October 17, 2020

Twitter has reversed its decision to block users from sharing an unsubstantiated article from the New York Post about former Vice President Joe Biden's son Hunter, The New York Times reports.

The company had previously stopped users from being able to post the story about alleged emails between a Ukrainian energy executive and Hunter Biden, citing its policy against sharing private information and against distributing "content obtained without authorization." But after facing backlash especially among Republicans including President Trump, Twitter CEO Jack Dorsey said Friday that blocking links to the story "was wrong," and the company altered its policies so that it "will no longer remove hacked content unless it is directly shared by hackers or those acting in concert with them," per BuzzFeed News.

When Twitter announced changes to its policy on hacked materials on Thursday, the Hunter Biden article was still being blocked because Twitter said it violated its policies against sharing personal information, as The Washington Post reported. But as of Friday, users can now share the article again, with the Times reporting the company made this decision "because the information had spread across the internet and could no longer be considered private."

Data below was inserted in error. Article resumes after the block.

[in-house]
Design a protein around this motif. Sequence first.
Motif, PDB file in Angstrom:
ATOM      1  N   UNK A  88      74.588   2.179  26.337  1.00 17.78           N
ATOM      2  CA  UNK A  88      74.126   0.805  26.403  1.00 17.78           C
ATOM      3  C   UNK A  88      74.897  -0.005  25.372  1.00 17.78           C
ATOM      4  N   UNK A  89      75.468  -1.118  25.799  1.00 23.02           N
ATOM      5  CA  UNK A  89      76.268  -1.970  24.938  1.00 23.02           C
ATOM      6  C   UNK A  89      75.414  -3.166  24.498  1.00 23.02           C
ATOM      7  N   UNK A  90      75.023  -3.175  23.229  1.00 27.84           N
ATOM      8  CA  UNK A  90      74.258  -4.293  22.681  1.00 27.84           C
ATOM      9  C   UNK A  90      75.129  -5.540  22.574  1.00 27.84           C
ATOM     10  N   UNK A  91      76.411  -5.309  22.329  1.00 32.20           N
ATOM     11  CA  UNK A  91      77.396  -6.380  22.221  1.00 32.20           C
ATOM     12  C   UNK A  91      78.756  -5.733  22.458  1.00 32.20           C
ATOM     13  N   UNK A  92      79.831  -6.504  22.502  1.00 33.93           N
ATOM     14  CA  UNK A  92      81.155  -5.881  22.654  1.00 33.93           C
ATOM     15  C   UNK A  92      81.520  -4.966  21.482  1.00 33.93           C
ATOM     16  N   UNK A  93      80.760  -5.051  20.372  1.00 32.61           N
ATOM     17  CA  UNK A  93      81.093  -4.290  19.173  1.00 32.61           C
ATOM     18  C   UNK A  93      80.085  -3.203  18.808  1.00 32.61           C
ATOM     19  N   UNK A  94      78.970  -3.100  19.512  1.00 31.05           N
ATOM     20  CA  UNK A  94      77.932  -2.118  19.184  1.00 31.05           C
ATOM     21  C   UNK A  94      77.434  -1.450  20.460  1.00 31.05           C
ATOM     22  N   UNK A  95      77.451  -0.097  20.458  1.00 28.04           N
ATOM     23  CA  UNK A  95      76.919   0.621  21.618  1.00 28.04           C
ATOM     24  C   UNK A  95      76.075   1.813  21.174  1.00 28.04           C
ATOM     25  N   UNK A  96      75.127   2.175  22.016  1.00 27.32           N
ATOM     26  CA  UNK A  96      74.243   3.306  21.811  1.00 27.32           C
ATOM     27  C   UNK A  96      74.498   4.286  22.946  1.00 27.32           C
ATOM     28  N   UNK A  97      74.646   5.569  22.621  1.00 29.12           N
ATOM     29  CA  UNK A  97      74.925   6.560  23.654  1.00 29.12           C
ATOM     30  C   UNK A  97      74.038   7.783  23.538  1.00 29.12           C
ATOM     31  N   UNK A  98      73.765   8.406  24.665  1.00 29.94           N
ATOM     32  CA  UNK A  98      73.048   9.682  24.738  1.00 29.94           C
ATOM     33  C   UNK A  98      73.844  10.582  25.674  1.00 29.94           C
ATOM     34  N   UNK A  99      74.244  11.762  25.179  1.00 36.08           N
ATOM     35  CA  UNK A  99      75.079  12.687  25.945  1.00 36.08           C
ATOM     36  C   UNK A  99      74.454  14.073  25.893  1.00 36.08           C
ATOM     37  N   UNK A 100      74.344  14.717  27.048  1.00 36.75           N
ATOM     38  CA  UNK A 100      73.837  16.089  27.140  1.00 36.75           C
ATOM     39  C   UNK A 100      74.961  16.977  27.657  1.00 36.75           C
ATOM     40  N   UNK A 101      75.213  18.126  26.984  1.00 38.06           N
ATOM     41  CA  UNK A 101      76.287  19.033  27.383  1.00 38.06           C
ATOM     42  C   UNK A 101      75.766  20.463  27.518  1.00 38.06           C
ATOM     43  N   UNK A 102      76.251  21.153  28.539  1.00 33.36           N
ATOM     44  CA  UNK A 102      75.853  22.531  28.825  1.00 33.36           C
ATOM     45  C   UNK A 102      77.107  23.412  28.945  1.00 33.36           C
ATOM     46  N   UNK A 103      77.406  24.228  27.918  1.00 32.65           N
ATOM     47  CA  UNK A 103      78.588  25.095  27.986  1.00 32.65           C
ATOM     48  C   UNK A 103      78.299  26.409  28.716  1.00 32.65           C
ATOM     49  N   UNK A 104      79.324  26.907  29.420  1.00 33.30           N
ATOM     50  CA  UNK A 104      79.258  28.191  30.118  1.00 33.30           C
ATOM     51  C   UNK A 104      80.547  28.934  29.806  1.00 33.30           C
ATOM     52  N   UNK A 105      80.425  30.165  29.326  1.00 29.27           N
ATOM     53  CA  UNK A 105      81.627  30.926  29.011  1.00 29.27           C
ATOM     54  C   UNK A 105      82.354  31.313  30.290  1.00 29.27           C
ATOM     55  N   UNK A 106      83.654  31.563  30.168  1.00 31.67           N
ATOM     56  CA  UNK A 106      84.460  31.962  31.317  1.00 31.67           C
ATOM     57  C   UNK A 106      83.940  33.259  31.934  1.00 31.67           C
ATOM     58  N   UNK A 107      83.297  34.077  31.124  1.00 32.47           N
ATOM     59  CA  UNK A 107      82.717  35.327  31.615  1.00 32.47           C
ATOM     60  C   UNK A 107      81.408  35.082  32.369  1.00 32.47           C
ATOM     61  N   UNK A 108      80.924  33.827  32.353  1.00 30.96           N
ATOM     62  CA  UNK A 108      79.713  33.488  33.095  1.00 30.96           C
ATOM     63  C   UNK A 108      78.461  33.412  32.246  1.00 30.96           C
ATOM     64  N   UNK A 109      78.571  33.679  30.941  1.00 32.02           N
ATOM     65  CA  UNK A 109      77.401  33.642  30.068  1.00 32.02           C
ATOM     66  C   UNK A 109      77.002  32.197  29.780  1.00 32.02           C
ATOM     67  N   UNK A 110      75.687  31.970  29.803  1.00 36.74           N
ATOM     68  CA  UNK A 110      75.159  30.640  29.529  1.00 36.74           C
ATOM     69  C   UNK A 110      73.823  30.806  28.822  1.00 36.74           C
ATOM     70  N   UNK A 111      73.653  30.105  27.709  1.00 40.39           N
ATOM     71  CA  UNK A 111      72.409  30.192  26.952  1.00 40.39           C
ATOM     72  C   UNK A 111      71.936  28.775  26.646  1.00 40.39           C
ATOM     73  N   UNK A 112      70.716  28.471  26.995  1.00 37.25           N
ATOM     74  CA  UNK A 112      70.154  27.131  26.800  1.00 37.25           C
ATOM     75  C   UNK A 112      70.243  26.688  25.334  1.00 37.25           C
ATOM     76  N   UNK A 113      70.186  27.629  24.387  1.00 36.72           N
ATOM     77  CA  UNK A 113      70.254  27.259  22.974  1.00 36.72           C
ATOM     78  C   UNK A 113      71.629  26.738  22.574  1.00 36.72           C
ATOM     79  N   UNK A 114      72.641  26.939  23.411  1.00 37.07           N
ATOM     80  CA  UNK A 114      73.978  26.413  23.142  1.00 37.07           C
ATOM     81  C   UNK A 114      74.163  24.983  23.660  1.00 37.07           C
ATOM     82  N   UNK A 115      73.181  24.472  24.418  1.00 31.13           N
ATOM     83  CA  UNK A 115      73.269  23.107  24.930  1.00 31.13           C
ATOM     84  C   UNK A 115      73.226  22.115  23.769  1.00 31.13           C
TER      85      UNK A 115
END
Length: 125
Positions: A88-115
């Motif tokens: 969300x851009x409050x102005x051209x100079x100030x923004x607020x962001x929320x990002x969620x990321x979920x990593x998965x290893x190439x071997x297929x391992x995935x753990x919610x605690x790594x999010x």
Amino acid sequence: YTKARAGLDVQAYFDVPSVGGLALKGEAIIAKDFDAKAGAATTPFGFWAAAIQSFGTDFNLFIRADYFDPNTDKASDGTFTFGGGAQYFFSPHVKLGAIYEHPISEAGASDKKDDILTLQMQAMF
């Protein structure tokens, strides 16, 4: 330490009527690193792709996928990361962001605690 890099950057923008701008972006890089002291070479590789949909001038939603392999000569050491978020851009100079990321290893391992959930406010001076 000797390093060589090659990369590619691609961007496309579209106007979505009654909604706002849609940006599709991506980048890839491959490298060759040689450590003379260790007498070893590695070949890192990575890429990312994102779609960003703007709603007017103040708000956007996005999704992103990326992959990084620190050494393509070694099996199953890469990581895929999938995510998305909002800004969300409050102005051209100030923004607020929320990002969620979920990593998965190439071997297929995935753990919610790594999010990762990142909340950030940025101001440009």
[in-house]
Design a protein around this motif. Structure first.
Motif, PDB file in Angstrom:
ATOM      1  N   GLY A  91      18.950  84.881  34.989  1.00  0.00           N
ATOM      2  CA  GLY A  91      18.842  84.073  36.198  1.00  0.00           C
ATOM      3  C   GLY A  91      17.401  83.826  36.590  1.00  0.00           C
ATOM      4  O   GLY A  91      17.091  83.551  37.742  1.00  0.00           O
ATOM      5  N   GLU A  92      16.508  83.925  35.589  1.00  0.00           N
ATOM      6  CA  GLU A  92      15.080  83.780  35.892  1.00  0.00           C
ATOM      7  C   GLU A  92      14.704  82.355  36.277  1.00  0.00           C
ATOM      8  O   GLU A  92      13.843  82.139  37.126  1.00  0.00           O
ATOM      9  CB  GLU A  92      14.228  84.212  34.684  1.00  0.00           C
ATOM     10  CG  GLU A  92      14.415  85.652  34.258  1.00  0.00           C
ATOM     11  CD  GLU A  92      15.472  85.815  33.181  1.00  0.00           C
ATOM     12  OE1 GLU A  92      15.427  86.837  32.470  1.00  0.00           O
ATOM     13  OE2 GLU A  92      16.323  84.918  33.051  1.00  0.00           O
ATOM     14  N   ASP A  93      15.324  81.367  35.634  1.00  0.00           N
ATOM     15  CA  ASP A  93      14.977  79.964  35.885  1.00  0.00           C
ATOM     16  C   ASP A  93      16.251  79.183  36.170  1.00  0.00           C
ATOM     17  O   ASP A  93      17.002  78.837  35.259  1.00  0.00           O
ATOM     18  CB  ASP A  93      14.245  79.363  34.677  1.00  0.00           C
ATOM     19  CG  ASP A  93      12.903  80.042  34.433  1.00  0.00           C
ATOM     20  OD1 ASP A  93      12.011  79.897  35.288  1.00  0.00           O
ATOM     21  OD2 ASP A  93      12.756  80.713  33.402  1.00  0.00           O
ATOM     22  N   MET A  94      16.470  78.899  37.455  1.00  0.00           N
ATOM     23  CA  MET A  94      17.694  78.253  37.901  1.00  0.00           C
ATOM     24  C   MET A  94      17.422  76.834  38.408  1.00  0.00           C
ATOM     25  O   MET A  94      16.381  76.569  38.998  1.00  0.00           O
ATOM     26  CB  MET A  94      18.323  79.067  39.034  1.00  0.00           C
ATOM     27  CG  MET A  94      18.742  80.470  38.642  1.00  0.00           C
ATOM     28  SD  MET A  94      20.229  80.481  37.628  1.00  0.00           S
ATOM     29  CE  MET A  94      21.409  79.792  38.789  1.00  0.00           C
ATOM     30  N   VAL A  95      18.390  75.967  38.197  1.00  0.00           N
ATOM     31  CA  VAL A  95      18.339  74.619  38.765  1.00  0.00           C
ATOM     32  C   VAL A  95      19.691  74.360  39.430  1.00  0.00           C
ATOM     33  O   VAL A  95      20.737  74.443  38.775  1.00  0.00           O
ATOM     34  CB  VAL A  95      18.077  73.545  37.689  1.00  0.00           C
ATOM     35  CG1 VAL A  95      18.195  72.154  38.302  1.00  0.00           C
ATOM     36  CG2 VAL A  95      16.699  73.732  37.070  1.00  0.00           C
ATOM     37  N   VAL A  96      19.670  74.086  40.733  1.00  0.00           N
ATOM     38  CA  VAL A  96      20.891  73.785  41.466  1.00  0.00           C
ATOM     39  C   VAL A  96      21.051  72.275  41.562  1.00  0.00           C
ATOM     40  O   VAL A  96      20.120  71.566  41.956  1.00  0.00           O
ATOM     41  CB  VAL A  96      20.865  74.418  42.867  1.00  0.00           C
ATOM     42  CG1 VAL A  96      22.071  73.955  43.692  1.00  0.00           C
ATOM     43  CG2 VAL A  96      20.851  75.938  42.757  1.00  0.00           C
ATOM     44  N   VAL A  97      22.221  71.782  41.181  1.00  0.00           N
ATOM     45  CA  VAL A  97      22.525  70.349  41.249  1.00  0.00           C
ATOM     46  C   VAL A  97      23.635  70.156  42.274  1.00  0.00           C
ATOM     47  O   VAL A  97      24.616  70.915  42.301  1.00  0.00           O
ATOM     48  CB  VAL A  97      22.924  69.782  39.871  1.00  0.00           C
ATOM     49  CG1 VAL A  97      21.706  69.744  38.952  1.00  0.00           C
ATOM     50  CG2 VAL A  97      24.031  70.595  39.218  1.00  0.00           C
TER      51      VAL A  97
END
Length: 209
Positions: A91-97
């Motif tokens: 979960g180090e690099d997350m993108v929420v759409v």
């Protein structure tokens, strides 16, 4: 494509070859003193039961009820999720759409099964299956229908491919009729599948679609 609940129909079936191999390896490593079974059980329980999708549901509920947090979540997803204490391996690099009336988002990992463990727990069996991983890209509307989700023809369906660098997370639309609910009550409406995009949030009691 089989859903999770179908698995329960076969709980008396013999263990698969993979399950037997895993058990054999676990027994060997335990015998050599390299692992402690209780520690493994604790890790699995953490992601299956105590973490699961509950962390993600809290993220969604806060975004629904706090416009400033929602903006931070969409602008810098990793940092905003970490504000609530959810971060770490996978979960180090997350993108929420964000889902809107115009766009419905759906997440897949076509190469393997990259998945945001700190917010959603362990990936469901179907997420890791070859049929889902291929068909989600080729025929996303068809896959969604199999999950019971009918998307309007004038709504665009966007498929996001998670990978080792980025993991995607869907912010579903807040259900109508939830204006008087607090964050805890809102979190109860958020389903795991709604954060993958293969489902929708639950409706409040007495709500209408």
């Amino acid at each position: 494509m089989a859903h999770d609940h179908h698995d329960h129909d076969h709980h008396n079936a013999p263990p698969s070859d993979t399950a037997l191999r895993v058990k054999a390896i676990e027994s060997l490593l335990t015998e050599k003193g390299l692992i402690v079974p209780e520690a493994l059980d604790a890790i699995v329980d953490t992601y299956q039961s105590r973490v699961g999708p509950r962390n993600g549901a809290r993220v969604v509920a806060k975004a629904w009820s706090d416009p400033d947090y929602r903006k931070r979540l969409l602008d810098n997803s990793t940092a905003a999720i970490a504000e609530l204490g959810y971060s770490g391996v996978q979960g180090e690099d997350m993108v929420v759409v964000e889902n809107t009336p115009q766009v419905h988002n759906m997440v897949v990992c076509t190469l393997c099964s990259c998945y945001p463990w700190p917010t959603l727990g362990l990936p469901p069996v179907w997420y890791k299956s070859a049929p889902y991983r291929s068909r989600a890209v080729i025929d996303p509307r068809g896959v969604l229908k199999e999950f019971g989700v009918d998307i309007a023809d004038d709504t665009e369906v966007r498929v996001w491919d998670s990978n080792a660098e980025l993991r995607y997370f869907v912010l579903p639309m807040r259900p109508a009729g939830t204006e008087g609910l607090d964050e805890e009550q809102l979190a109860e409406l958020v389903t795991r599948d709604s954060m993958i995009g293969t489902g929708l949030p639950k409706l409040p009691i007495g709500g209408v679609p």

When Twitter previously changed its hacked materials policy in response to the criticism, The Washington Post had already dubbed this a "stunning policy reversal." Brendan Morrow

October 13, 2020

Facebook has announced its second notable policy change in as many days.

The company said on Tuesday that it will be banning advertisements "discouraging people from getting vaccinated." Facebook previously had a policy of banning ads with vaccine hoaxes.

"Now, if an ad explicitly discourages someone from getting a vaccine, we'll reject it," Facebook said. "Enforcement will begin over the next few days."

The step from Facebook comes amid concern among experts over whether a large enough percentage of the population will get an eventual COVID-19 vaccine. Dr. Anthony Fauci, the nation's top infectious disease expert, has said the United States would be unlikely to achieve herd immunity if around a third of Americans refuse to get a coronavirus vaccine.

Facebook said, however, that "ads that advocate for or against legislation or government policies around vaccines — including a COVID-19 vaccine — are still allowed." The New York Times also notes that the move "will not remove user-generated content."

This, the Times' Mike Isaac wrote, was "another significant policy reversal," following Facebook's announcement on Monday that it would be banning Holocaust denial, despite CEO Mark Zuckerberg's 2018 defense of allowing posts that deny the Holocaust to remain online. In announcing this decision, Zuckerberg said his "thinking has evolved" on the issue. Brendan Morrow

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